What’s the most powerful part of your story? What makes the ready go “a-ha!” with a moment of epiphany, for better or worse. If you can’t bring it down to six words, don’t stress yourself. Let it sit for a while and return later, seeing if there’s anything else that doesn’t need to be there. 

Writing is an evolution. There’s no such thing as “perfect,” though there is such a thing as “done.” Sometimes the latter is better than the former, so know when it’s time to walk away and call your work a finished masterpiece. 

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Example Six-Word Stories

Six-word stories grapple with a lot of different themes and concepts. They’re often highly personal, and they rely on small and large symbols to make a powerful impact. Some are memoirs included in obituaries, and others are purely fictional. 

These stories supposedly began as Ernest Hemingway’s response to a bet that it wasn’t possible to write a story in six words. Though this has since been debunked, it is true that Hemingway proved his point. 

Let’s look at some examples so you can understand how six-word stories work in action. As you’ll quickly discover, it is possible to sum up an entire novel of feelings in just a few words.

For more six-word story inspiration, visit Six Word Stories to submit your own and browse categories. 

Funny six-word story examples

“I’m beside myself; cloning machine works.” 
"I leave. Dog panics. Furniture shopping.” 
“Coffee before art? Goodbye straight lines.” 
“‘Reading for Dummies,’ somehow, never sold.” 

Sad six-word story examples

“For sale: baby shoes, never worn.”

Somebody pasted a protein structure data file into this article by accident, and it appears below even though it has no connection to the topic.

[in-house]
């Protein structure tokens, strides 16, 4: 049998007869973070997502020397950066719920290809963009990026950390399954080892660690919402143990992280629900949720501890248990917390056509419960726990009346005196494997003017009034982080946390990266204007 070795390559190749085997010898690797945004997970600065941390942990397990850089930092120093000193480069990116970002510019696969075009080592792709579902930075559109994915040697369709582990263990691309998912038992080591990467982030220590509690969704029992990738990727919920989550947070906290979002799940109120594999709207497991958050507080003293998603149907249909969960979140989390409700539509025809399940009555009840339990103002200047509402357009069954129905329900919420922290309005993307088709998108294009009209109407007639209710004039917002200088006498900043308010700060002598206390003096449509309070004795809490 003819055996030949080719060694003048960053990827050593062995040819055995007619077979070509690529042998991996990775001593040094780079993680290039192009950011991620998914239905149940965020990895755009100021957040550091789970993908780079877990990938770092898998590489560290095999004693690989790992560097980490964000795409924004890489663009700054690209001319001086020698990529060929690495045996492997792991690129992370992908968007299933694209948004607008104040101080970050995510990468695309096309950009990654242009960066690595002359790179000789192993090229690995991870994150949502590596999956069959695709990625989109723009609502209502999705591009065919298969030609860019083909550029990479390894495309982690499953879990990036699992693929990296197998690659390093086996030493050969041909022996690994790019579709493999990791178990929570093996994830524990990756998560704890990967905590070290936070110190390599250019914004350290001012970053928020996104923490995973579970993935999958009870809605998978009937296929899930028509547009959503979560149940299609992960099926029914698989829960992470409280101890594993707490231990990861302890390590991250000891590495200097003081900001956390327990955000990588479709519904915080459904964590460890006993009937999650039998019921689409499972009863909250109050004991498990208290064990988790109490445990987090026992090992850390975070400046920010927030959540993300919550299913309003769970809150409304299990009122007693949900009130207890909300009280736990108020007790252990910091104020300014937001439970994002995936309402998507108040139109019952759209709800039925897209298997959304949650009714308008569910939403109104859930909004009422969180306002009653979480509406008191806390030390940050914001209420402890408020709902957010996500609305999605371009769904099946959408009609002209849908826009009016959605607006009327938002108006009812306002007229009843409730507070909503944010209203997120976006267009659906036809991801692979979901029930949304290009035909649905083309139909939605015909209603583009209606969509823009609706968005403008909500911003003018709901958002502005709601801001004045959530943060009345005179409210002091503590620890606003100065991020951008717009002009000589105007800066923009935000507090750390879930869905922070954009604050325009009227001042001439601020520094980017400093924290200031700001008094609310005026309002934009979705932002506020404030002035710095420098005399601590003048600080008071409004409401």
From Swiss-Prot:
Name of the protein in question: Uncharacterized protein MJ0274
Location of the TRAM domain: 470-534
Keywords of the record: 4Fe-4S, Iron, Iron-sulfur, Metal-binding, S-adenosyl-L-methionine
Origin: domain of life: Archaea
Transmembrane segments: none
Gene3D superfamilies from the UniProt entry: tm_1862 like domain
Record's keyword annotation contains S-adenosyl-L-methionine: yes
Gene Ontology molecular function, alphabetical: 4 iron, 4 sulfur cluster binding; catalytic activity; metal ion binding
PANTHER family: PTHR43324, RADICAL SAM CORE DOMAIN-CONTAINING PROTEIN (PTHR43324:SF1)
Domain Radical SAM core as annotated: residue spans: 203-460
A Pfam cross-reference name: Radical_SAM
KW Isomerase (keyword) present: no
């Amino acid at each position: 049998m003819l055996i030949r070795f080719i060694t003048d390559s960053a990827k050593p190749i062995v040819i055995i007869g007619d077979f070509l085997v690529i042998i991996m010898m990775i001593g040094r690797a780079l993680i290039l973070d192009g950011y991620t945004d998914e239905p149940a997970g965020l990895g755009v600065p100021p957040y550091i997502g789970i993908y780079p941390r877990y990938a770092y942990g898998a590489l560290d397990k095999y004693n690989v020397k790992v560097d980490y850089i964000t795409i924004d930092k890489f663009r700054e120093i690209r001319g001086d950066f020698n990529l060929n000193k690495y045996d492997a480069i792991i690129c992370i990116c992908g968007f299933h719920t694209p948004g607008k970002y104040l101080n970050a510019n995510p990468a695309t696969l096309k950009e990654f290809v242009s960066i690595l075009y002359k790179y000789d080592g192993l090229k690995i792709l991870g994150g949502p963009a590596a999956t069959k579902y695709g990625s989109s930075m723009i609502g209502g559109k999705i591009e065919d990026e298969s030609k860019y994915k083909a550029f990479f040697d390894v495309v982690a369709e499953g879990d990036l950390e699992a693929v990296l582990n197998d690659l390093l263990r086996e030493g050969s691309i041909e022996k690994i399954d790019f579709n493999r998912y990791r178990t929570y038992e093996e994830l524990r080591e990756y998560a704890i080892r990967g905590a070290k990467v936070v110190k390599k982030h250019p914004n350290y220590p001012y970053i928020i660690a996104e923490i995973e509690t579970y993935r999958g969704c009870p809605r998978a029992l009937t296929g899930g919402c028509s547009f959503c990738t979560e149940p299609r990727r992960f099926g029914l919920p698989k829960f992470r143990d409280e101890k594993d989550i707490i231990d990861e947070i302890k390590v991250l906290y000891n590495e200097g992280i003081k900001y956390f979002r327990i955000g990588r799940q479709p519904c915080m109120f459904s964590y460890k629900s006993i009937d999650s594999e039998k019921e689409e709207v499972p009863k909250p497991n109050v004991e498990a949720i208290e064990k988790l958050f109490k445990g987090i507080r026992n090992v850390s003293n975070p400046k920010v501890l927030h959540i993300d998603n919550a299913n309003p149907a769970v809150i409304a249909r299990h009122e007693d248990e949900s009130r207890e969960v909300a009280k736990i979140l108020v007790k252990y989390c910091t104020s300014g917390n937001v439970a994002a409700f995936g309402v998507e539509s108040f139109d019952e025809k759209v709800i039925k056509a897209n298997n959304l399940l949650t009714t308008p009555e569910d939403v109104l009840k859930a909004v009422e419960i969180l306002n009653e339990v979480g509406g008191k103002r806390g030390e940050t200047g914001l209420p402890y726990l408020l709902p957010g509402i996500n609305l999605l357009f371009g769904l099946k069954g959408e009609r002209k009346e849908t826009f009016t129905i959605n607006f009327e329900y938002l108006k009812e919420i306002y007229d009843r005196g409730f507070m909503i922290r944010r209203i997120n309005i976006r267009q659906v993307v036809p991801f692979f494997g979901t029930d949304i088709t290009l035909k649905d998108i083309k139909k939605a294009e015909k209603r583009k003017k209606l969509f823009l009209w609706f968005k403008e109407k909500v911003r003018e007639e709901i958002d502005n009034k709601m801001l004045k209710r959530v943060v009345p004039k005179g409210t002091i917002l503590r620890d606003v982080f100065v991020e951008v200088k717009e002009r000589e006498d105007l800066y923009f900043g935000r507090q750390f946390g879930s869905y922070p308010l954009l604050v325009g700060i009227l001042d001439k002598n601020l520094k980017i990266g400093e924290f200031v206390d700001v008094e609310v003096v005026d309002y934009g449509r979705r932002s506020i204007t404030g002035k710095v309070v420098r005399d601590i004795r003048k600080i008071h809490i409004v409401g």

“‘I’ll be back tomorrow.’ Years ago.” 
“Selling parachute: never opened, slightly stained.” 
“The smallest coffins are the heaviest.” 
“Imagined adulthood. Gained adulthood. Lost imagination.” 

Love-related six-word story examples

“Left handed woman seeks Mr. Right.” 
“Rainy evening, two strangers, one umbrella.” 
“They lived happily ever after. Separately.”
“He loves her, they’re ‘just friends.’”
“Best weekend ever. He never called.” 

Say More With Less: Six-Word Stories

Storytelling takes many forms, but six-word stories are one of the shortest and most unique. You’ve likely encountered six-word stories or memoirs in your own life, but have you ever written one yourself? Though this is quite the creative writing challenge, it’s also an opportunity to put into words the feelings that are hard to capture. 

Whether these six-word stories help you understand feelings of grief, loss, or even joy, they're a unique way to see the world. Words are their own form of art. They’re a legacy we leave of the stories we’ve told. Though six-word stories might be short, they’re worth so much more than the number of characters on the page. 


Sources

“Six Word Stories.” Six Word Stories. SixWordStories.net